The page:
Much malware starts up automatically with every reboot of a computer because entries for it have been inserted into the registry. These entries contain details of what system objects the malware needs to run, and where they are stored. One way to therefore help determine which computers in an enterprise have been infected is to create an enterprise-wide report of the “Run” keys on all of the computers and compare the results with known values for common malware. Most anti-virus software vendors publish the keys used by viruses (and many anti-virus software vendors are now starting to do so for other forms of malware, as they expand their product lines to fill the growing need in the marketplace to deal with non-virus malware). Even when a new virus, spybot, adware program, etc., is encountered, registry “fingerprint” information is often available well before a procedure specifically targeted to remove the malware is developed. Thus, scanning for unusual registry changes, e.g., particularly in the HKEY_LOCAL_MACHINE (HKLM) and HKEY_CURRENT_USER (HKCU) hives in computers running the Windows operating system, can discover infections very early on.
The most common registry key used for virus infection is:
This is used by inserting an arbitrary value and the path to an executable (say, a virus) so that the operating system runs that executable at computer start up. Here are the names and values for two common viruses:
“TrayX” = %Windir%
Virus Name: MSBlaster
“windows auto update” = msblast.exe”
An alternate strategy is for malware to be launched when a specific user logs in, by locating an executable at:
Once something unusual is found, an enterprise-wide edit of computer registries can be performed to remove the entries that are causing the malware program to start up. Cratering, such as the narrowly targeted approach of method 100 (
Turning now to another aspect of method 100, an option in step 110 that might seem oddly missing, because it is widely performed in conventional virus “sterilization”, is removing the virus files or other virus system objects. This can be done, but as the discussion of step 114 above has implied, the present invention can provide an additional benefit by not doing this.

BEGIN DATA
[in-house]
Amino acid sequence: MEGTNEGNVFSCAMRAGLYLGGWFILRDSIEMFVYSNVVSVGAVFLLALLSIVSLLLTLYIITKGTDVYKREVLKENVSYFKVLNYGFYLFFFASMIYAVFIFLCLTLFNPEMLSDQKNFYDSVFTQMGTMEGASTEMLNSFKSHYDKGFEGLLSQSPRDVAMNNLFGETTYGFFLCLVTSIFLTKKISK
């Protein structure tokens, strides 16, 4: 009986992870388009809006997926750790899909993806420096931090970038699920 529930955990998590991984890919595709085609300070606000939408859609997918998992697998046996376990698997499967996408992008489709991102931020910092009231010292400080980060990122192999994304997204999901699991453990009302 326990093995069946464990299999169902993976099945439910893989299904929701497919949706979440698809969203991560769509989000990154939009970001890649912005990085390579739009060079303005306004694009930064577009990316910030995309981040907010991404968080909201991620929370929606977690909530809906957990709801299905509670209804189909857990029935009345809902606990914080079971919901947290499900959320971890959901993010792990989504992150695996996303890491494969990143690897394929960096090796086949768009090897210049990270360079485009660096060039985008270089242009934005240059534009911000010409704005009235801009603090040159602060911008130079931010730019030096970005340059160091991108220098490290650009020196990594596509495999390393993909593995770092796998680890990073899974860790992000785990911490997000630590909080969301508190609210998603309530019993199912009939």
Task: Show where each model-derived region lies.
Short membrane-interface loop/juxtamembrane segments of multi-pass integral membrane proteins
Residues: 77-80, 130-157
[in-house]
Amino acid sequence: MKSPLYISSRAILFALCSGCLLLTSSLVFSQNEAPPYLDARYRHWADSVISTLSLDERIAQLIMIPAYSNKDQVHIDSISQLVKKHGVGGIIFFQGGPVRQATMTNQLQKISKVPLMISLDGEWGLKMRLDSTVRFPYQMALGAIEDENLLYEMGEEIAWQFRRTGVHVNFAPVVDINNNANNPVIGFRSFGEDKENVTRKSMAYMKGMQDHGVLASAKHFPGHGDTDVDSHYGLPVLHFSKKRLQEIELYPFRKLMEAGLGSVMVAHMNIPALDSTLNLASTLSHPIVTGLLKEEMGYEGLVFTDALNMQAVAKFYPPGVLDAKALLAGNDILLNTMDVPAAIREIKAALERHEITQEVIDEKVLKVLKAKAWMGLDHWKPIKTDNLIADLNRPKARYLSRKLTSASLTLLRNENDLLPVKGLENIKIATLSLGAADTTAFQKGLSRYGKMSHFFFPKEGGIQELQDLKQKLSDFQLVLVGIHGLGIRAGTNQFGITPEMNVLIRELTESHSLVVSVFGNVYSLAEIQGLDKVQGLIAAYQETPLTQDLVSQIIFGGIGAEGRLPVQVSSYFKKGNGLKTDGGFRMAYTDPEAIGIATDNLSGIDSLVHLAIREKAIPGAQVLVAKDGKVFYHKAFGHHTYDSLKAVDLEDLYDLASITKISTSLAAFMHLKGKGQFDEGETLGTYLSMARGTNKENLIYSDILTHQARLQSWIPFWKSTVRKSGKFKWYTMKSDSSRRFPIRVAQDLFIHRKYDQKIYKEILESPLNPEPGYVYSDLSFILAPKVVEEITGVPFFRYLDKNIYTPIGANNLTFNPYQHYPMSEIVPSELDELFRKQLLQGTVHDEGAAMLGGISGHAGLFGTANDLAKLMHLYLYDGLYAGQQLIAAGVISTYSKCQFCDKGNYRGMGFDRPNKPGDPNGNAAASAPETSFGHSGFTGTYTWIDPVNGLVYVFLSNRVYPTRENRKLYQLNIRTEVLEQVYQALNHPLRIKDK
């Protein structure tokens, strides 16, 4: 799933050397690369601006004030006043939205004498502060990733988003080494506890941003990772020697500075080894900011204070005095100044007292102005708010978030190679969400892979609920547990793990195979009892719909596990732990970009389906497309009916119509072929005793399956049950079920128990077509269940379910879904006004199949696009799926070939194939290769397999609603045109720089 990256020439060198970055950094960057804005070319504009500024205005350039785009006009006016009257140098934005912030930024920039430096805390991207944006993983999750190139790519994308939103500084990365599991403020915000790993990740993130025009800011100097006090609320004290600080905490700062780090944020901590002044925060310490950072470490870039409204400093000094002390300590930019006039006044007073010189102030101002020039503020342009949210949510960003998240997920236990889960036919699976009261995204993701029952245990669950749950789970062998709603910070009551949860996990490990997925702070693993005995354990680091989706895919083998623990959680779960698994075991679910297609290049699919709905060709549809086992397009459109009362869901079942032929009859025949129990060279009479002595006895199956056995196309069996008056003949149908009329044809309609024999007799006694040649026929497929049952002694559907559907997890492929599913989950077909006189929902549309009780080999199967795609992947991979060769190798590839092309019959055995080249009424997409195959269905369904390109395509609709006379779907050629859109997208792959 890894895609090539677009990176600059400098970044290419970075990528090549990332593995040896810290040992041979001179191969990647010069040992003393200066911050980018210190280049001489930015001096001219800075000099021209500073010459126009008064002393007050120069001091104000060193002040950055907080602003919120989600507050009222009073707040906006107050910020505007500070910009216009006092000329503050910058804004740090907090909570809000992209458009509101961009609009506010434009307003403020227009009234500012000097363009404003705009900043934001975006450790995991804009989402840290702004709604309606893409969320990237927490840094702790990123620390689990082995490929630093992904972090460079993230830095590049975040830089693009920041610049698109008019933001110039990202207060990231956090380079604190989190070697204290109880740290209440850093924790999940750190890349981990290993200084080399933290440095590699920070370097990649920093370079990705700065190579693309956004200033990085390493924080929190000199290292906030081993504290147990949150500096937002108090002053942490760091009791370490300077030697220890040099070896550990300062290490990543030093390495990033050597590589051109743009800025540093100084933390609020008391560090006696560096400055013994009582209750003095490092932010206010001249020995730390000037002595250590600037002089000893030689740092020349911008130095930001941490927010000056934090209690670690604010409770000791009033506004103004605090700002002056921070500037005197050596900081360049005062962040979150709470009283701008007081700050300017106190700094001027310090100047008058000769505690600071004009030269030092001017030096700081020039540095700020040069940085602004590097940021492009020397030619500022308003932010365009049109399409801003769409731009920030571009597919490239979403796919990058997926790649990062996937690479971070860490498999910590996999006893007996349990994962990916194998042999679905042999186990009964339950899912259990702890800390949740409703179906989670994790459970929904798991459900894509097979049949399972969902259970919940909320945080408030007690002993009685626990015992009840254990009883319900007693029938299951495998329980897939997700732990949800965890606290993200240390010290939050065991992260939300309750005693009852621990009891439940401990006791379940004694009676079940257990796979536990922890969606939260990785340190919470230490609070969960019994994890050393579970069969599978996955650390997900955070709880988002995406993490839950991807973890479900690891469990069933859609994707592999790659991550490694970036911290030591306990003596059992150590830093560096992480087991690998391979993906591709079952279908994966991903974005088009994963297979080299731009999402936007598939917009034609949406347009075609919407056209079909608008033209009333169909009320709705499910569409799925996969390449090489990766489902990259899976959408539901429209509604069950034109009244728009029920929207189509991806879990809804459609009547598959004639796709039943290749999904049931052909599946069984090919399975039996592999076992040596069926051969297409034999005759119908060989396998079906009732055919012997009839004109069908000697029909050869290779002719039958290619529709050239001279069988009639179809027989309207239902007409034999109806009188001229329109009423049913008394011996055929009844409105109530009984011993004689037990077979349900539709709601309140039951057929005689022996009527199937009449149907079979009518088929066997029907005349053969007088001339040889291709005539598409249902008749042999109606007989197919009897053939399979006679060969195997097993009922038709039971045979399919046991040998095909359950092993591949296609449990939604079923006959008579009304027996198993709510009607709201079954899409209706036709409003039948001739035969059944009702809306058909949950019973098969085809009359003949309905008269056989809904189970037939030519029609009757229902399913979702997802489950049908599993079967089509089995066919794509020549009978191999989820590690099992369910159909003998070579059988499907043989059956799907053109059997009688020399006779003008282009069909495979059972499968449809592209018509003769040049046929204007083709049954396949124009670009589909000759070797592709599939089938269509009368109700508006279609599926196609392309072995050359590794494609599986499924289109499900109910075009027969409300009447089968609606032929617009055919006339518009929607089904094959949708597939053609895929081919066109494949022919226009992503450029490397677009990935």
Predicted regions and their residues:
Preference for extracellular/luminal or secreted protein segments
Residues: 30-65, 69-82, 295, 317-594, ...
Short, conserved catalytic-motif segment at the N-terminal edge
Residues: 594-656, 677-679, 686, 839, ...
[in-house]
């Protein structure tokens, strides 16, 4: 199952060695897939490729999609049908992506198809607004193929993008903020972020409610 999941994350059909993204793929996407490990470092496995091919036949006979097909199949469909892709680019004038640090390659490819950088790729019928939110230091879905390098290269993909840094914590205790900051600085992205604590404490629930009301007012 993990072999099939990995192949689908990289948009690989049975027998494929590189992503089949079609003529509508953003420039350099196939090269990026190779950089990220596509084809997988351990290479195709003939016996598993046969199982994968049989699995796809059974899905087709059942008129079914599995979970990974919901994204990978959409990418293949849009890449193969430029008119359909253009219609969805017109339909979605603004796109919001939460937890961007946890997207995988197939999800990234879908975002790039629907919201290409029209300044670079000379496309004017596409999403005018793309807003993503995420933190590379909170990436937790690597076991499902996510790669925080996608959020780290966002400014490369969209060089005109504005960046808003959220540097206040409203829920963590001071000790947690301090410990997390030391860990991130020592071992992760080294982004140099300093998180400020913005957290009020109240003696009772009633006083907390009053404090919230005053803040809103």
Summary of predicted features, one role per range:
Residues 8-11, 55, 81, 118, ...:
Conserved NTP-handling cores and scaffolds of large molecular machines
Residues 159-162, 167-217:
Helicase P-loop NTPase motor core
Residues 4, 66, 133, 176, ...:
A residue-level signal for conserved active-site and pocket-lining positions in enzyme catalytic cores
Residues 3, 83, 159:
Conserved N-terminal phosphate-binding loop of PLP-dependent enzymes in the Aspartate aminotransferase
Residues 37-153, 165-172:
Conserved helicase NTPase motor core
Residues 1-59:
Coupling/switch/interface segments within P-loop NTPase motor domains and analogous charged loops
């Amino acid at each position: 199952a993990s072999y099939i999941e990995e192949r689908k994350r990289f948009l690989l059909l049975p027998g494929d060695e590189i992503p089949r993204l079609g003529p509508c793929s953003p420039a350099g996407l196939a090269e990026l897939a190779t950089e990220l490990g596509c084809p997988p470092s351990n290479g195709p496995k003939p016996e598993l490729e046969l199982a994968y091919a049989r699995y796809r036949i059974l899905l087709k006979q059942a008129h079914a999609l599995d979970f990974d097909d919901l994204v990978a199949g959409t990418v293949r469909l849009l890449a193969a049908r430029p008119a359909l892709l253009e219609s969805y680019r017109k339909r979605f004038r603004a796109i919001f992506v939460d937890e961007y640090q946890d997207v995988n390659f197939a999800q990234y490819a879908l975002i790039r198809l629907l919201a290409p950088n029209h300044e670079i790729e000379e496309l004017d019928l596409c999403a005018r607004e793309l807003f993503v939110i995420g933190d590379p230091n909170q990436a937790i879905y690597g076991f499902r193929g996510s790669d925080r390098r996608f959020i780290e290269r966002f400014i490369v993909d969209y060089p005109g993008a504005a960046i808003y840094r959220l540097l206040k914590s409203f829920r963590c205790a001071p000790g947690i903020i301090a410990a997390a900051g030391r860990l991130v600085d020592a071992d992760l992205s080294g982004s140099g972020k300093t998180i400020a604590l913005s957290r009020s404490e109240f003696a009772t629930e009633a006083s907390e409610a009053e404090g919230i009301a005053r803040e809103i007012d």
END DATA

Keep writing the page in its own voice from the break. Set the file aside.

Cratering involves the creation of an inert system object in the computer system, in the manner described above or in manners discussed below. Once a system object has been cratered it effectively safeguards against re-infection with no additional overhead. This is in marked contrast with traditional virus handling systems, which must continually scan to detect re-infection by malware. In the traditional scheme, the computer system must constantly spend some percentage of its capabilities on self-tests. Cratering, however, requires no additional overhead once performed, since the inert system object “jams the lock”. In short, traditional malware handling techniques reduce the capabilities of a computer system; cratering does not.
In a step 206, a list of system objects and their locations is procured. This list includes the names of system objects that malware requires to execute, as well as where the malware can be expected to look for them in the computer 10. It should particularly be noted that the malware being inoculated against here is not present in the computer 10. This method 200 allows cratering inoculation to be performed without the malware ever having yet come into contact with the computer 10.
In a step 208, a system object of the same name and type as a system object in the list is created and stored in its listed location. For example, a file 20 could be created and stored in the appropriate folder 18. This “dummy” system object can be any size, since it is merely a placeholder, but there may be some considerations guiding the choice of a size for it. By matching the size of the actual malware system objects (say, by having this provided in the list as well), some malware may be convinced that it is already installed and not try further. Also, by keeping file sizes below the minimum cluster size of a storage unit the use of storage is minimized.
In a step 210, the system object just created is cratered. [As a practical matter, step 208 and step 210 can effectively be regarded as one.]
In a step 212, the method 200 determines whether the list procured in step 206 has been completed. If not, the method 200 simply loops back to step 208 and carries on with the next list entry.
Otherwise, in an optional step 214, any additional desired work is performed. And in a step 116 the method 200 stops. Now, any malware programs (virus, spyware, adware, etc.) that have been inoculated against that try to load into the computer 10 cannot do so because an essentially non-deletable, inert system object has taken the place of one or more of the system objects that the malware needs.
Cratering for other purposes, as has been just discussed above, can be used subtly and very powerfully. For example, an enterprise may want even its lower level IT administrators to be prevented from running the remote hash extractor program PWDUMP3E. This program operates by creating a service in each remote machine with an executable named “pwservice.exe”. By cratering that file on all of an enterprise's domain controllers, this “hacker tool” is easily disabled. Of course administrators can reverse the effect of such file lockouts by themselves changing ACLs, but that is more than a trivial exercise, given that most administrators will not know the file names that are being used.